For the composite reaction, the E value obtained by the above experimental method is only an apparent value and has no practical physical meaning.

Physical Meaning

S.A. Arrhenius found a relationship between the velocity constant k of the chemical reaction and the absolute temperature T between d (lnk)/dt=E/RT2. Here E is the activation energy.

If the above formula is obtained by lnk=lnA-(E/RT), it can be seen from this formula that the k value is obtained at various temperatures, and lnk is plotted against 1/T (this figure is called Arrhenius diagram). A straight line is obtained, and since the slope of the straight line is -E/R, the E value can be obtained.

The physical meaning of activation energy is generally considered to be the same: there is a transitional state from the original reaction system to the intermediate stage of the product.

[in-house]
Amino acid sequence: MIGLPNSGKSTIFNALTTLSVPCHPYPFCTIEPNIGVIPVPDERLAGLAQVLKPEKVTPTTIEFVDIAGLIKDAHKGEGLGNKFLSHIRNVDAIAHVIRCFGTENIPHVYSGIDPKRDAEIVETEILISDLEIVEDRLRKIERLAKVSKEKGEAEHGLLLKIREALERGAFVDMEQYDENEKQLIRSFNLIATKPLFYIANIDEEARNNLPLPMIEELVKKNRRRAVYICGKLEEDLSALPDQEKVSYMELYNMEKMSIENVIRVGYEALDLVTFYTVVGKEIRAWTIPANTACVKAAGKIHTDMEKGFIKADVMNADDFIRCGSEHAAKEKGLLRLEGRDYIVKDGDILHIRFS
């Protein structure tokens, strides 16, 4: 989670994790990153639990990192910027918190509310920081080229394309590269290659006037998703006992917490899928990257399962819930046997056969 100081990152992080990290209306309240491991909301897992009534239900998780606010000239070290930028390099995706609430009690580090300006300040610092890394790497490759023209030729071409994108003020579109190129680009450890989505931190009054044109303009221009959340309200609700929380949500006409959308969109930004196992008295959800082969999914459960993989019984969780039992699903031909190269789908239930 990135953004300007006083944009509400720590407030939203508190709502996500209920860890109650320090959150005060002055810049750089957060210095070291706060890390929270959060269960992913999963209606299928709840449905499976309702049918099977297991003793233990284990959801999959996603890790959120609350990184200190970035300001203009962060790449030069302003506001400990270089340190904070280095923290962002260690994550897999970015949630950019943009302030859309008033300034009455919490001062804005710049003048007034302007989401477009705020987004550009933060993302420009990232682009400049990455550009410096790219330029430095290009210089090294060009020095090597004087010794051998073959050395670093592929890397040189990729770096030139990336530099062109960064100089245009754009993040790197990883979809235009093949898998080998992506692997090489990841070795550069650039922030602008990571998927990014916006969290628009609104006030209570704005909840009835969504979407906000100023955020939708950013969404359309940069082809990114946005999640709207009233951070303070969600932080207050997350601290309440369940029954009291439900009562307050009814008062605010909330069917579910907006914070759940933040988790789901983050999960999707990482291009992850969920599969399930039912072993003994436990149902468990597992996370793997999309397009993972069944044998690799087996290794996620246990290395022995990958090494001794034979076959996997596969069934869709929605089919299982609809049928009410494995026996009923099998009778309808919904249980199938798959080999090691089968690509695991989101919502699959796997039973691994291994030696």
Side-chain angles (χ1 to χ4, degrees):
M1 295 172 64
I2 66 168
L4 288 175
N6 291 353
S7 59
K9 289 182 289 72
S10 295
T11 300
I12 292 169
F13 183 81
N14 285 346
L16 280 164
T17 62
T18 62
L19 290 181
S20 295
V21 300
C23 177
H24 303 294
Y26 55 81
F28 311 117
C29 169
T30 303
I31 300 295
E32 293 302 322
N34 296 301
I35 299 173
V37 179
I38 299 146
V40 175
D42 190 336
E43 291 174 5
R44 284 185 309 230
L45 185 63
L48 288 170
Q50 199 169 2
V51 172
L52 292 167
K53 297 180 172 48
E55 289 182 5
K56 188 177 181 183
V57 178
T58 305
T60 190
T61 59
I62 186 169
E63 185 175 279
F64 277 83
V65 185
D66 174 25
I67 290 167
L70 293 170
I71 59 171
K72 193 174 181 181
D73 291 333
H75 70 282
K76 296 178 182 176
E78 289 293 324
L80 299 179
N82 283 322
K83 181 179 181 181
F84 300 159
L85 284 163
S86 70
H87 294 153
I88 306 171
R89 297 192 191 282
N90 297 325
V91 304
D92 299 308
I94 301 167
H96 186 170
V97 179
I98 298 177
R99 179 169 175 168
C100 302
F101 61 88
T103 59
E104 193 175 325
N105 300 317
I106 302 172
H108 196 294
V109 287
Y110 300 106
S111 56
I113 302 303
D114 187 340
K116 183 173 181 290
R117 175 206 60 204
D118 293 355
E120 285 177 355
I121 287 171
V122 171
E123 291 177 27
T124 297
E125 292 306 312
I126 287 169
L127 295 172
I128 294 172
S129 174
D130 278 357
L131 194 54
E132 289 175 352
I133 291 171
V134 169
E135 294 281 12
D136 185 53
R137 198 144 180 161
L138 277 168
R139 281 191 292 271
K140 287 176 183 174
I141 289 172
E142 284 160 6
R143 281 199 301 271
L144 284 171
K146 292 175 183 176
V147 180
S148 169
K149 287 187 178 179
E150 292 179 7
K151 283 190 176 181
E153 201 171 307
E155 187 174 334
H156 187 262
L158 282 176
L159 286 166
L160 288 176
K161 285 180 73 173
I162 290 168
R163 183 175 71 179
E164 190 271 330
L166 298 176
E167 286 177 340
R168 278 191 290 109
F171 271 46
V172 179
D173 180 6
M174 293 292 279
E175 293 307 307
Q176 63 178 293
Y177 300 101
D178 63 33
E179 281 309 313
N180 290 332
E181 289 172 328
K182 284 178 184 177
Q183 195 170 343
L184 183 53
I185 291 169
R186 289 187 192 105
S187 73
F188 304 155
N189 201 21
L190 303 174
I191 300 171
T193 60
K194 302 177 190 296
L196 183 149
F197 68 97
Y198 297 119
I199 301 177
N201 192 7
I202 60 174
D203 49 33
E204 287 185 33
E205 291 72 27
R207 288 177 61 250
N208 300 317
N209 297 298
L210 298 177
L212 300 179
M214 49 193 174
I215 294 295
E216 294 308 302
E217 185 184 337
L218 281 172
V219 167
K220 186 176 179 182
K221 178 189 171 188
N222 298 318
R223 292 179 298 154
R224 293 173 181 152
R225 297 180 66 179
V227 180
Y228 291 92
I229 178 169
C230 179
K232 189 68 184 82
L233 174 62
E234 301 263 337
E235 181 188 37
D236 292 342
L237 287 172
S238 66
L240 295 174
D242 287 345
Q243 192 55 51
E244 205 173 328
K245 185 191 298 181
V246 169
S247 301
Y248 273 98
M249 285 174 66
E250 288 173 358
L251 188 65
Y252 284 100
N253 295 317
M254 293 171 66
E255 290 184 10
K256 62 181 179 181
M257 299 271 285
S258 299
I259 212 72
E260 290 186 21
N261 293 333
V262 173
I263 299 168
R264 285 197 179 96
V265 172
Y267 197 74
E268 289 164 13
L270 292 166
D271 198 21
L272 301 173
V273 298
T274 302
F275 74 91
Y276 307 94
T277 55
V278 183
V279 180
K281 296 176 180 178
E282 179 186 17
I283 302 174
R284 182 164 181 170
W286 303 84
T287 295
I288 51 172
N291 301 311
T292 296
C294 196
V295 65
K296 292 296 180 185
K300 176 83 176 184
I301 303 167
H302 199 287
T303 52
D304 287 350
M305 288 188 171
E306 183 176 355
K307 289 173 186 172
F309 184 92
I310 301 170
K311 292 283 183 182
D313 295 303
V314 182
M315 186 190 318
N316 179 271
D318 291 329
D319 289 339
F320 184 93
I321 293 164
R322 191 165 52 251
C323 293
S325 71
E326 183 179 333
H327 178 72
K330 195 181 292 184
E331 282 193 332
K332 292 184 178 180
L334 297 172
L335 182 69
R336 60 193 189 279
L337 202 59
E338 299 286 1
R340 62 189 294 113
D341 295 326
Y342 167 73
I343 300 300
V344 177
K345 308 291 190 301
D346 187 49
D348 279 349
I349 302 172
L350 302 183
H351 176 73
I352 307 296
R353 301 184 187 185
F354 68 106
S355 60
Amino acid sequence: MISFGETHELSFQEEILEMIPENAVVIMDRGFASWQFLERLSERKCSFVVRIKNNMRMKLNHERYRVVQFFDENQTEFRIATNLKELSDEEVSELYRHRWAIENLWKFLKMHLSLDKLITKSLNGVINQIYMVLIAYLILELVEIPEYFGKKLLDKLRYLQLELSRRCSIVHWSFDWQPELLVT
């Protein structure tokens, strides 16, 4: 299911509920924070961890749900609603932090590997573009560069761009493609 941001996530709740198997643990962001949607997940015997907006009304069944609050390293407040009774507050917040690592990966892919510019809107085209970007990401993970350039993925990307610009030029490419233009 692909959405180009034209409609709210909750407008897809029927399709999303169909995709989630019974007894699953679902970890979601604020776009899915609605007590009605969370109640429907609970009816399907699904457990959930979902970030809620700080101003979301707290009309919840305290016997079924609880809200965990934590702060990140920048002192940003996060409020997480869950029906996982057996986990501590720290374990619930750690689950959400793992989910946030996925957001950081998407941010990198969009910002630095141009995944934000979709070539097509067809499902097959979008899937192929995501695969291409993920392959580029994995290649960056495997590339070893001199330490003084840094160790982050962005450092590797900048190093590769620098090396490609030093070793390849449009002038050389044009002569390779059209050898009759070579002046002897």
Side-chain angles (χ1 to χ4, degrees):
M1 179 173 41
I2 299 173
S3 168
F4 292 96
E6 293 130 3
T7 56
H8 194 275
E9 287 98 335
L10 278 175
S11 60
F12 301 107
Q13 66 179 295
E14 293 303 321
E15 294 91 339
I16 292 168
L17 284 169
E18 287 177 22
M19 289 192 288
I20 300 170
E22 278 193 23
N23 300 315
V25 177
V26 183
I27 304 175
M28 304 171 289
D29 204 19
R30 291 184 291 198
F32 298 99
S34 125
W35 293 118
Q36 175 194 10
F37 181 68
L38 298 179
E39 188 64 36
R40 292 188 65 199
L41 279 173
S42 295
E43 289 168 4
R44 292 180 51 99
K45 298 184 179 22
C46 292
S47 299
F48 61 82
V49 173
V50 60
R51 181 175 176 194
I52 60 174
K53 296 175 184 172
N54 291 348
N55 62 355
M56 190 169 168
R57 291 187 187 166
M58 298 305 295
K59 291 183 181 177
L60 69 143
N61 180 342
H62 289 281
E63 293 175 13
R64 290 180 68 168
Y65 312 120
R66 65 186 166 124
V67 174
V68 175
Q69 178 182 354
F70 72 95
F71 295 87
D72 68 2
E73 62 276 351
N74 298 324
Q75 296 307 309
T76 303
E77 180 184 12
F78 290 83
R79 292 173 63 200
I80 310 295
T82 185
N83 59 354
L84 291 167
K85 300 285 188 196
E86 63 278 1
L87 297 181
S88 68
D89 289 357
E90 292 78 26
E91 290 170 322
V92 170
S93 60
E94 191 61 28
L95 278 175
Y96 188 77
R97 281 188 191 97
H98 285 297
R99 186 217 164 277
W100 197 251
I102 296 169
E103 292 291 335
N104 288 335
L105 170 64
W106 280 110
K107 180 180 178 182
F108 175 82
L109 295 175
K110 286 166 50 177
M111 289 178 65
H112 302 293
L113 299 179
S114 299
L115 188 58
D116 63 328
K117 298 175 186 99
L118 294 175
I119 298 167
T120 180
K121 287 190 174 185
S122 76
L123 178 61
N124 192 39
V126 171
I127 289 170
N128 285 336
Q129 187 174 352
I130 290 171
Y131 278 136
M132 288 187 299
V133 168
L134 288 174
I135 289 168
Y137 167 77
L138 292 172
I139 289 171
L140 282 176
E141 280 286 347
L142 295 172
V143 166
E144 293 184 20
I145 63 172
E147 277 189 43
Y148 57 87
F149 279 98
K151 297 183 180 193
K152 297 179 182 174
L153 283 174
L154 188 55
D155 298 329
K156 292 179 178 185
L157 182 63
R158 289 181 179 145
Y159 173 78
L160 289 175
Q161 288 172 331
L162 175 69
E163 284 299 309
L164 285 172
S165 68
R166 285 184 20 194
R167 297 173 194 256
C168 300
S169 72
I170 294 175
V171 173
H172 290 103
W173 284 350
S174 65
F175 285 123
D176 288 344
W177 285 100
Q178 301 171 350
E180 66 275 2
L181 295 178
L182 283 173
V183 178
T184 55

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The energy difference between this transition state and the original system is the activation energy E, and if the thermal energy RT is not greater than E, the reaction cannot be performed.

That is, there is an energy barrier between the original system and the product system, and its height is equivalent to the activation energy.

Thereafter Erin (H.Eyring) from the transition state (also called active complex) there is an approximate balance between the departure and the original system, the rate constant k derived from the following relationship: k = k (KT / h ) Exp(-ΔG*/RT)=k(KT/h)exp( ΔS */R)exp(−ΔH*/RT)k is the permeability coefficient,

K is the Boltzmann constant, and h is the Planck constant, ΔG*, ΔS*, ΔH* are activation free energy, activation entropy, and activation enthalpy, respectively. Moreover, the activation of free energy is approximately equal to the activation enthalpy.

The enzymatic reaction is mainly due to a decrease in the activation of free energy.